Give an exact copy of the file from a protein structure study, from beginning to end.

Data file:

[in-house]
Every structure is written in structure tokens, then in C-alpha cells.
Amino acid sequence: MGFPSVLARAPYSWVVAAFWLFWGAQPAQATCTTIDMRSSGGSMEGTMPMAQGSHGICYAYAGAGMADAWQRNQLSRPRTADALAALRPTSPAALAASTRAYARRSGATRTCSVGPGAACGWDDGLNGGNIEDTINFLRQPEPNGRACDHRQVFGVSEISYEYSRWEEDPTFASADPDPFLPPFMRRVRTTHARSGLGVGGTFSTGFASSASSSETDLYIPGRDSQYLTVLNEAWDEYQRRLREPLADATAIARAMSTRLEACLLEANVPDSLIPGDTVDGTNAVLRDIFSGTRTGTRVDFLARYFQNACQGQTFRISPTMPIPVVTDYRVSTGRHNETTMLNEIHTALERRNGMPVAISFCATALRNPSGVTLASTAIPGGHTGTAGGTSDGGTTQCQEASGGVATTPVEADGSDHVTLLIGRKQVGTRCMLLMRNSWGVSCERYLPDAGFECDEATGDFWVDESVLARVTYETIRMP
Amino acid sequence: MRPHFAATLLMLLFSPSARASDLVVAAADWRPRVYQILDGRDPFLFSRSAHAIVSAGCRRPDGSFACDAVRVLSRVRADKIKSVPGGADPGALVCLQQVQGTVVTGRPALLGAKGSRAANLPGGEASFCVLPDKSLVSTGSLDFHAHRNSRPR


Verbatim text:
[in-house]
Every structure is written in structure tokens, then in C-alpha cells.
Amino acid sequence: MGFPSVLARAPYSWVVAAFWLFWGAQPAQATCTTIDMRSSGGSMEGTMPMAQGSHGICYAYAGAGMADAWQRNQLSRPRTADALAALRPTSPAALAASTRAYARRSGATRTCSVGPGAACGWDDGLNGGNIEDTINFLRQPEPNGRACDHRQVFGVSEISYEYSRWEEDPTFASADPDPFLPPFMRRVRTTHARSGLGVGGTFSTGFASSASSSETDLYIPGRDSQYLTVLNEAWDEYQRRLREPLADATAIARAMSTRLEACLLEANVPDSLIPGDTVDGTNAVLRDIFSGTRTGTRVDFLARYFQNACQGQTFRISPTMPIPVVTDYRVSTGRHNETTMLNEIHTALERRNGMPVAISFCATALRNPSGVTLASTAIPGGHTGTAGGTSDGGTTQCQEASGGVATTPVEADGSDHVTLLIGRKQVGTRCMLLMRNSWGVSCERYLPDAGFECDEATGDFWVDESVLARVTYETIRMP
Amino acid sequence: MRPHFAATLLMLLFSPSARASDLVVAAADWRPRVYQILDGRDPFLFSRSAHAIVSAGCRRPDGSFACDAVRVLSRVRADKIKSVPGGADPGALVCLQQVQGTVVTGRPALLGAKGSRAANLPGGEASFCVLPDKSLVSTGSLDFHAHRNSRPR